Business activity falls to August 2020 levels
As new infections continue to soar and more regions come under a lockdown or similar restrictions—Karnataka, Kerala and Assam, for instance, imposed tighter restrictions since April 26; Maharashtra is already under a lockdown as is Delhi—the NIBRI could fall further.
The raging second wave of Covid-19 infections in India continues to disrupt the economy. The Nomura India Business Resumption Index (NIBRI) suffered its biggest week-on-week fall to reach 75.9 in the week ending April 25.
The NIBRI is a weekly dashboard of ultra-high frequency data compiled by Nomura research; a value of 100 refers to pre-pandemic levels of economic activity. The NIBRI was last lower than 75.9 in the week ending August 30, 2020. It reached a value of 99.3 in the week ending February 23. That the NIBRI has fallen by almost 25 points in two months, captures the disruptive impact of the second wave of the pandemic on the economy.
As new infections continue to soar and more regions come under a lockdown or similar restrictions—Karnataka, Kerala and Assam, for instance, imposed tighter restrictions since April 26; Maharashtra is already under a lockdown as is Delhi—the NIBRI could fall further. This is bound to have an adverse effect on the economy.
“We also see signs of the economic pain spreading to the wider economy (power demand, GST e-way bills, railway freight), although the real economic impact still appears small compared to Covid’s first wave and other indicators (labour force participation rate) have remained resilient. With more states extending restrictions, sequential momentum is likely to remain weak over the next month, hurting gross domestic product (GDP) growth in Q2 2020 (April-June 2020),” Nomura economists Sonal Varma and Aurodeep Nandi said in a research note.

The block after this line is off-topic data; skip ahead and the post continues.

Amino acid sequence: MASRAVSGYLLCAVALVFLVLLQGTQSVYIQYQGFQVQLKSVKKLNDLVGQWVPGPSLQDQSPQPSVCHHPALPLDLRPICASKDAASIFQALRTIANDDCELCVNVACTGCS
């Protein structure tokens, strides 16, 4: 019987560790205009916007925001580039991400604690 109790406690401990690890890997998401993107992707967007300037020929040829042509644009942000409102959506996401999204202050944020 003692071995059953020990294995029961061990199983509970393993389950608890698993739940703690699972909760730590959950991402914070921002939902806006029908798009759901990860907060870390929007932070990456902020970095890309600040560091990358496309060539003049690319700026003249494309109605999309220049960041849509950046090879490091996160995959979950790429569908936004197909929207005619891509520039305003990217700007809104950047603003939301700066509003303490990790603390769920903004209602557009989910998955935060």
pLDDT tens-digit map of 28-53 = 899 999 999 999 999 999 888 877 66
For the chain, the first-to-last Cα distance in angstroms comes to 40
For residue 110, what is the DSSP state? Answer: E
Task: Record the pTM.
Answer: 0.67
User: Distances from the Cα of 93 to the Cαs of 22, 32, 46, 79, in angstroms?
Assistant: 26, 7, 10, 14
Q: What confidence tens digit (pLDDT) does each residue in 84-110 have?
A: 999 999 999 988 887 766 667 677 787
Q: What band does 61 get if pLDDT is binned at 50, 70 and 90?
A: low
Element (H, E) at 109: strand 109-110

Vaccinations will play a crucial role in muting the economic impact of the second wave. “As the pace of vaccinations pick up (which we expect should be evident from June), there should be another return of pent-up demand, in addition to other tailwinds (strong global growth, lagged impact of easy financial conditions, and front-loaded fiscal spending). All of this suggests that the second wave should remain a short-term negative economic shock, localised to Q2 2021, while the medium-term growth outlook remains stable,” the note said, even as it acknowledged downside risks to the annual GDP growth in 2021-22. The firm’s reference is to the April-June quarter of the year.
The decline in the NIBRI is in keeping with expected deterioration on other important economic parameters. Mahesh Vyas, managing director and chief executive of the Centre for Monitoring Indian Economy (CMIE) said in a note that he expects the employment rate to fall for the third consecutive month in April. “April could be the third consecutive month of deterioration in terms of the most important fast-frequency labour statistic, the employment rate. The employment rate reached its highest post-lockdown level of 37.97% in September 2020. Then, it fell for three consecutive months, but climbed back to 37.94% in January 2020. Then, it declined in February and March. Now, it looks like it will fall in April as well, to a sub-37% level.”
A CRISIL research note dated April 26 suggests that the second wave and curbs in urban centres could have triggered some amount of reverse migration, although not to the extent that was witnessed in the first lockdown. “Using data from railways’ non-suburban unreserved passenger ticketing system as a proxy for migrant flows, we find that unreserved travel increased steeply in April, relative to its trend in the previous months. In the previous week, average unreserved passengers were ~7 lakh compared with ~5.5 lakh in the first week of March. In contrast, reserved railway travel has declined drastically”.